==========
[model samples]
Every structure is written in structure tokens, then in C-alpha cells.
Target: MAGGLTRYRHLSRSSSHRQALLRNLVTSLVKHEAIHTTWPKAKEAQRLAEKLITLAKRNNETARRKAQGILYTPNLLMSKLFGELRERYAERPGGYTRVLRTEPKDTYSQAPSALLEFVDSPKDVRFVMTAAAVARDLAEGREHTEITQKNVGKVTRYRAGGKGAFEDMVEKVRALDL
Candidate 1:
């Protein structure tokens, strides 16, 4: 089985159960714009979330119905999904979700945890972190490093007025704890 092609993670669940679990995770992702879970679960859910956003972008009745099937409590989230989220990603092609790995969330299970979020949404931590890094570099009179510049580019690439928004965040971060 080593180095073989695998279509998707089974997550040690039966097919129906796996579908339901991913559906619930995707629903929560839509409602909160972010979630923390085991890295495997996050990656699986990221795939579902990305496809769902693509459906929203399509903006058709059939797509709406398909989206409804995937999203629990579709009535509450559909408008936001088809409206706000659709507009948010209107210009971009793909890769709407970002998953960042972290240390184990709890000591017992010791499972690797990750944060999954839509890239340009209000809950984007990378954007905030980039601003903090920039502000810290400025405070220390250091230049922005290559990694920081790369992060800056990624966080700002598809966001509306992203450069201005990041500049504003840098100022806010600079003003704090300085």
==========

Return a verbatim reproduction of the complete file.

[model samples]
Every structure is written in structure tokens, then in C-alpha cells.
Target: MAGGLTRYRHLSRSSSHRQALLRNLVTSLVKHEAIHTTWPKAKEAQRLAEKLITLAKRNNETARRKAQGILYTPNLLMSKLFGELRERYAERPGGYTRVLRTEPKDTYSQAPSALLEFVDSPKDVRFVMTAAAVARDLAEGREHTEITQKNVGKVTRYRAGGKGAFEDMVEKVRALDL
Candidate 1:
């Protein structure tokens, strides 16, 4: 089985159960714009979330119905999904979700945890972190490093007025704890 092609993670669940679990995770992702879970679960859910956003972008009745099937409590989230989220990603092609790995969330299970979020949404931590890094570099009179510049580019690439928004965040971060 080593180095073989695998279509998707089974997550040690039966097919129906796996579908339901991913559906619930995707629903929560839509409602909160972010979630923390085991890295495997996050990656699986990221795939579902990305496809769902693509459906929203399509903006058709059939797509709406398909989206409804995937999203629990579709009535509450559909408008936001088809409206706000659709507009948010209107210009971009793909890769709407970002998953960042972290240390184990709890000591017992010791499972690797990750944060999954839509890239340009209000809950984007990378954007905030980039601003903090920039502000810290400025405070220390250091230049922005290559990694920081790369992060800056990624966080700002598809966001509306992203450069201005990041500049504003840098100022806010600079003003704090300085």